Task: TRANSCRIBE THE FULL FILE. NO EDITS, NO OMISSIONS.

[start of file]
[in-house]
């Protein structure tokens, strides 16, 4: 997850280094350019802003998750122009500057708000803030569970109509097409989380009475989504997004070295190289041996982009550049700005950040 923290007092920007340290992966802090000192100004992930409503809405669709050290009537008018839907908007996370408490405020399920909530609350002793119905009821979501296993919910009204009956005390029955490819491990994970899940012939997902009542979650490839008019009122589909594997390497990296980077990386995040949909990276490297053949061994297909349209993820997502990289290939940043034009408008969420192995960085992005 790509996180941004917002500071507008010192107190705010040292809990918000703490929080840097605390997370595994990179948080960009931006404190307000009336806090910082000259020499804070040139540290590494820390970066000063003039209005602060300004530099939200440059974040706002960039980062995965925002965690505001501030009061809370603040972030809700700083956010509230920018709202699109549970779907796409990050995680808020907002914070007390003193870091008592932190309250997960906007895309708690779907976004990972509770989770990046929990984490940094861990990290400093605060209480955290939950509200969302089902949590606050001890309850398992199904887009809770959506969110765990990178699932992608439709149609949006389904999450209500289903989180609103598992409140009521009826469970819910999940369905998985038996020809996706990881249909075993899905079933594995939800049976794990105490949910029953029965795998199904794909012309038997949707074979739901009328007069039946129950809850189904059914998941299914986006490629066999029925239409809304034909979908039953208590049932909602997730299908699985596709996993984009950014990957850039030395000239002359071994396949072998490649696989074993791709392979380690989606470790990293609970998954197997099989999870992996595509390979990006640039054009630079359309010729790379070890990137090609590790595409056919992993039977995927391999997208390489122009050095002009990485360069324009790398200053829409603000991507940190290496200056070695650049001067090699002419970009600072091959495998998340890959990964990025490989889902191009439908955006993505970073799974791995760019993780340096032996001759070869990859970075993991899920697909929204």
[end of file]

[in-house]
């Protein structure tokens, strides 16, 4: 997850280094350019802003998750122009500057708000803030569970109509097409989380009475989504997004070295190289041996982009550049700005950040 923290007092920007340290992966802090000192100004992930409503809405669709050290009537008018839907908007996370408490405020399920909530609350002793119905009821979501296993919910009204009956005390029955490819491990994970899940012939997902009542979650490839008019009122589909594997390497990296980077990386995040949909990276490297053949061994297909349209993820997502990289290939940043034009408008969420192995960085992005 790509996180941004917002500071507008010192107190705010040292809990918000703490929080840097605390997370595994990179948080960009931006404190307000009336806090910082000259020499804070040139540290590494820390970066000063003039209005602060300004530099939200440059974040706002960039980062995965925002965690505001501030009061809370603040972030809700700083956010509230920018709202699109549970779907796409990050995680808020907002914070007390003193870091008592932190309250997960906007895309708690779907976004990972509770989770990046929990984490940094861990990290400093605060209480955290939950509200969302089902949590606050001890309850398992199904887009809770959506969110765990990178699932992608439709149609949006389904999450209500289903989180609103598992409140009521009826469970819910999940369905998985038996020809996706990881249909075993899905079933594995939800049976794990105490949910029953029965795998199904794909012309038997949707074979739901009328007069039946129950809850189904059914998941299914986006490629066999029925239409809304034909979908039953208590049932909602997730299908699985596709996993984009950014990957850039030395000239002359071994396949072998490649696989074993791709392979380690989606470790990293609970998954197997099989999870992996595509390979990006640039054009630079359309010729790379070890990137090609590790595409056919992993039977995927391999997208390489122009050095002009990485360069324009790398200053829409603000991507940190290496200056070695650049001067090699002419970009600072091959495998998340890959990964990025490989889902191009439908955006993505970073799974791995760019993780340096032996001759070869990859970075993991899920697909929204």